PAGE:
But what about Toledo?
Community leaders and enthusiasts in Ohio's fourth-largest city have been working for the past three-and-a-half years to build a new brand for the home of Tony Packo's and the Mud Hens.
The Toledo Blade reports (http://bit.ly/Y1VCxw) that they've come up with a distinctive narrative summing up what the northwestern Ohio region is about, a logo, a website and even a Twitter account.
Unlike many other cities Toledo's brand won't have a nifty catch phrase.
The brand paints Toledo and northwest Ohio as ground zero for a "New Manufacturing Economy" and emphasizes living, working, learning and enjoyment in the region.
Now all the city has to do is sell the new brand to the region, the country and the world.
"We kind of want to say: 'This is how we are, this is what we offer, this is what's it like to live in, work in, and learn in Toledo,'" said Jeff Schaaf, a 37-year-old Toledo native hired two months ago to sell the new brand. "We want to take it to the corners of the region and spread the word."
Schaaf said that the "New Manufacturing Economy" is manufacturing enabled by digital technologies and used by advanced systems and process. Part of the brand is: Toledo invents it, designs it, builds it and moves it.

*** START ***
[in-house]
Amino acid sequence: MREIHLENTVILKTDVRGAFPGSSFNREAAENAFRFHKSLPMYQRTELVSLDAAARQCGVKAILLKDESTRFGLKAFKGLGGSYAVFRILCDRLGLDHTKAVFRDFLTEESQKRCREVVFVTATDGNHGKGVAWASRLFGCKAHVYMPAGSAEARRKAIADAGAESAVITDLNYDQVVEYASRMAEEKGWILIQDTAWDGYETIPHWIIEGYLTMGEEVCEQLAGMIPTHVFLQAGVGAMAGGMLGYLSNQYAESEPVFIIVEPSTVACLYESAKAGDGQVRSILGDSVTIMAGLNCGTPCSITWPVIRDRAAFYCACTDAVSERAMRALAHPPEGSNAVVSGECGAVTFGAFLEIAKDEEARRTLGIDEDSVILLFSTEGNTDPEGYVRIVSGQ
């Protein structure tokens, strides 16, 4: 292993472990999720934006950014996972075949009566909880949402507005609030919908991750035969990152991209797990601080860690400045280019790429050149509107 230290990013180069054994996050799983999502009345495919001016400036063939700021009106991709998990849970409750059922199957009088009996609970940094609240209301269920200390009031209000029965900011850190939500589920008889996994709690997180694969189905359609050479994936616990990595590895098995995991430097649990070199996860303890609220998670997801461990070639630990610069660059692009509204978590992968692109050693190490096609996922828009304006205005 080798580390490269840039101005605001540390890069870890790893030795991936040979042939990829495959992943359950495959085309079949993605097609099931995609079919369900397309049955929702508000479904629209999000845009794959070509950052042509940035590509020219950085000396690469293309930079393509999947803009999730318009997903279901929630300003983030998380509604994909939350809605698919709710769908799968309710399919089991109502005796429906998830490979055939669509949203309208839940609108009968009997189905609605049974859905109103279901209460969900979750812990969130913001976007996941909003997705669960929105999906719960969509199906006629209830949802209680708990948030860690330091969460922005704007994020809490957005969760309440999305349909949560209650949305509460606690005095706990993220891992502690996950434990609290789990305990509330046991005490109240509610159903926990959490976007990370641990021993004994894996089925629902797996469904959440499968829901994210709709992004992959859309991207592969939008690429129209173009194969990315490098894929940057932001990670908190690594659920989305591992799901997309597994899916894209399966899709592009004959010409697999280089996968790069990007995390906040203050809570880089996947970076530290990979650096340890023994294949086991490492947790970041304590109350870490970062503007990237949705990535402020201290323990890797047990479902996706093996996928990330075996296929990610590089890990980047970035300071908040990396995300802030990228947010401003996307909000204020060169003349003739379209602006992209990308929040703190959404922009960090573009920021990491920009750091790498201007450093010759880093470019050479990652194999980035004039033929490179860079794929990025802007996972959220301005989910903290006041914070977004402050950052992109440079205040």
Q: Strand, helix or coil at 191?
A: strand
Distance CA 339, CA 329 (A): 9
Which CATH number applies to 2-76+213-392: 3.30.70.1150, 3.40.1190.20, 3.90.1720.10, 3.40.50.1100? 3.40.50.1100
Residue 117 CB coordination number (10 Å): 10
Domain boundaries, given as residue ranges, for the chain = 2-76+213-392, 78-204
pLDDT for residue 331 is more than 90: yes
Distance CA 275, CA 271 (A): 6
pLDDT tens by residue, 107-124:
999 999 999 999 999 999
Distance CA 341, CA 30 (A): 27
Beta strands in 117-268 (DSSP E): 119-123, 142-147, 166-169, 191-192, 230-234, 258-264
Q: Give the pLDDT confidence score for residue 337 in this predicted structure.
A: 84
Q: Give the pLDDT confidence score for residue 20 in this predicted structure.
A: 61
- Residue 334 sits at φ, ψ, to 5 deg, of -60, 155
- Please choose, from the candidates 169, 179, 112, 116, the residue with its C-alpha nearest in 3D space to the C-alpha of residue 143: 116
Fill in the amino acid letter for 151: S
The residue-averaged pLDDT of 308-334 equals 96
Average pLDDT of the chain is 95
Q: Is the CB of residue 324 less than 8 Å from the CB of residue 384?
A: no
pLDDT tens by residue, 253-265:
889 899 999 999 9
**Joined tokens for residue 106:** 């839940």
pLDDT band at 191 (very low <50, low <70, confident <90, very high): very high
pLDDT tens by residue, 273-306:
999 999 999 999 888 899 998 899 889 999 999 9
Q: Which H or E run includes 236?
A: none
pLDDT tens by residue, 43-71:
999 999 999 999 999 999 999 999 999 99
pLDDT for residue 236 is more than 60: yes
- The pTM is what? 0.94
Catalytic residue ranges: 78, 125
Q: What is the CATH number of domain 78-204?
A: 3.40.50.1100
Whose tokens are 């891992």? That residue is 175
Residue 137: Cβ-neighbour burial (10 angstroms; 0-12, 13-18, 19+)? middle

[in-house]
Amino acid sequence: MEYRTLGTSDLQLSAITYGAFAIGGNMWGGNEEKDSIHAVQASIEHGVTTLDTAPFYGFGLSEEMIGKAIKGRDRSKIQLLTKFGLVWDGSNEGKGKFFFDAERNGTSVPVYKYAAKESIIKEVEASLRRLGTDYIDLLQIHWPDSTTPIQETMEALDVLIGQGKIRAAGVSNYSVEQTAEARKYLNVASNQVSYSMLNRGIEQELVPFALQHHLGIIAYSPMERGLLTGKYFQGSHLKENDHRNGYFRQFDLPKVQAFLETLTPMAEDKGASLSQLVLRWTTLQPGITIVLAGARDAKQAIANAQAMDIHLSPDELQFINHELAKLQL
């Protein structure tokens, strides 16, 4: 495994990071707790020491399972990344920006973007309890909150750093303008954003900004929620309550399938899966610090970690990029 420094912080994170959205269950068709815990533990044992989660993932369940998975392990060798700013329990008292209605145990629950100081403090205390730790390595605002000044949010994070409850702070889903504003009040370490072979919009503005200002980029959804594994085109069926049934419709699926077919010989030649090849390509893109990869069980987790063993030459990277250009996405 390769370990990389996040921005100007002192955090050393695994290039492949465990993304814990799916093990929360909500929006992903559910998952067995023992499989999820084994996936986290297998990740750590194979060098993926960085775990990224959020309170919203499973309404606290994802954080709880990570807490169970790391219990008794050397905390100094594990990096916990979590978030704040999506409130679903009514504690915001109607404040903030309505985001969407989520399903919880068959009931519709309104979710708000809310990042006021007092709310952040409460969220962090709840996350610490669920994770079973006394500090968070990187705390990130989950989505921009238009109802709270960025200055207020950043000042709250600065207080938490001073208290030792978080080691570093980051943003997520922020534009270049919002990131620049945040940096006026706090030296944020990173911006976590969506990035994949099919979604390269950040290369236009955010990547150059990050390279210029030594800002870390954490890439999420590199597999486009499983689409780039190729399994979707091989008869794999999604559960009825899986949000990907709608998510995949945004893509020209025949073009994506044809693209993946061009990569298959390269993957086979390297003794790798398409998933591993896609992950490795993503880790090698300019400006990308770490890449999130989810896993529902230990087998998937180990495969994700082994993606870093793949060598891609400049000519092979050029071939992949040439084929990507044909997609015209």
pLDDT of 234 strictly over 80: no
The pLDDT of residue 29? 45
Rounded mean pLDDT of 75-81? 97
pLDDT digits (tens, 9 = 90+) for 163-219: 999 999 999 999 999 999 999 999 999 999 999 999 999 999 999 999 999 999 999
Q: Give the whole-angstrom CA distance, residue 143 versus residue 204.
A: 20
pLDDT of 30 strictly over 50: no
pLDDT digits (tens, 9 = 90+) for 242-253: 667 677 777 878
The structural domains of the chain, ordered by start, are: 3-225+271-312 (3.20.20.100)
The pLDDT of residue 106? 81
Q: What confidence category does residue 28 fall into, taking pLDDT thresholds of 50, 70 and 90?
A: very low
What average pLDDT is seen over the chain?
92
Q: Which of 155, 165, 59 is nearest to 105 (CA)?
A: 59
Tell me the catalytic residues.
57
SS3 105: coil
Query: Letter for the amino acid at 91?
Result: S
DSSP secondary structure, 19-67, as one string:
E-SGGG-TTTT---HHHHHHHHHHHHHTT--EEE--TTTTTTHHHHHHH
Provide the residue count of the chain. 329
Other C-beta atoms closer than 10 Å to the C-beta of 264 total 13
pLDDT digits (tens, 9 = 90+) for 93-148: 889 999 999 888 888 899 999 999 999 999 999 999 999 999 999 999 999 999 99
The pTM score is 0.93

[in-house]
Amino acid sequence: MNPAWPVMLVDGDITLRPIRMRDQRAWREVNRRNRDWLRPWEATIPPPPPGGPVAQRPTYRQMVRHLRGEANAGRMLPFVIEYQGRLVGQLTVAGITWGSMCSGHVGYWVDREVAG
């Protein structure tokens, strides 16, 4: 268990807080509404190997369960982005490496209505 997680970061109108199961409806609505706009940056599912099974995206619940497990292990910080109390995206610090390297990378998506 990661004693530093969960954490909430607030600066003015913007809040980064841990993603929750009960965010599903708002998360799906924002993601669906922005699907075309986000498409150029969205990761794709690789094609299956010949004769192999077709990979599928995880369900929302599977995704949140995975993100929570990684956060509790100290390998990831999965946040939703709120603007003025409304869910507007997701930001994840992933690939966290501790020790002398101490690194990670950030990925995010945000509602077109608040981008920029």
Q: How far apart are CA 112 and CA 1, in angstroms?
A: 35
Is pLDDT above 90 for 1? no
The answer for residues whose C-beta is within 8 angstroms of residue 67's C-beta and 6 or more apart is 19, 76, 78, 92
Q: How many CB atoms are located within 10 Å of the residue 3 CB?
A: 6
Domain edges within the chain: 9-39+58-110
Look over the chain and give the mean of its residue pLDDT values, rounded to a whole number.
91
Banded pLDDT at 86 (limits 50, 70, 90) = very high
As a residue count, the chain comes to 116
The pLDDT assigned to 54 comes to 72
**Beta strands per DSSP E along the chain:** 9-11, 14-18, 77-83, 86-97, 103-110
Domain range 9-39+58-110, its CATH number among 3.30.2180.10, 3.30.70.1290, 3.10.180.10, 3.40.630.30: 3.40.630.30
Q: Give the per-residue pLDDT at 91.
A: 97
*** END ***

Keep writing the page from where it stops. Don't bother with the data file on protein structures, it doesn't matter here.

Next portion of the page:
The effort is years in the making.
In the summer of 2009, Dave Nolan, then-CEO of Toledo's convention and visitors bureau, invited representatives from the area's top organizations and institutions to discuss a "big idea."
As the group talked about ways to promote the region, they realized that Toledo lacked a brand that defines and sells the region to outsiders.
Keith Burwell, president of the Toledo Community Foundation, said that what the group found is that site selectors for businesses looking to relocate begin their search on the Internet.
"We realized that we had nothing out there that was compelling to get people to look at the Toledo region," he said.
The group decided to form a Toledo Branding committee in the fall of 2009, then hired a consultant — Applied Storytelling of Berkeley, Calif. — to research and develop a brand and hold meetings to gather information and bring other organizations on board.
Initial committee members included the University of Toledo, Bowling Green State University, Toledo Mayor Mike Bell's office, the Mud Hens and the Toledo Walleye hockey team. It grew from there, and the effort has support from including Owens Corning, The Andersons Inc., and The Toledo Blade.
The brand council seeks new members to provide support through donations, promotion, contribution of materials, or just linking their websites to the brand's website, www.toledoregion.com.
The branding effort has cost about $500,000 so far.
Joe Napoli, general manager of the Toledo Mud Hens and Toledo Walleye, said that when the committee began, it learned that several other Ohio cities, including Cleveland, Columbus, Cincinnati, and Dayton, all spend millions of dollars a year promoting their brands.
Napoli said that while Toledo's effort has been more modest in terms of spending, it's results that count.
"As for the funding, I think we're doing well with that," he said. "I think we can do better, and the way we do better is to make the brand essential for the businesses in town," he said.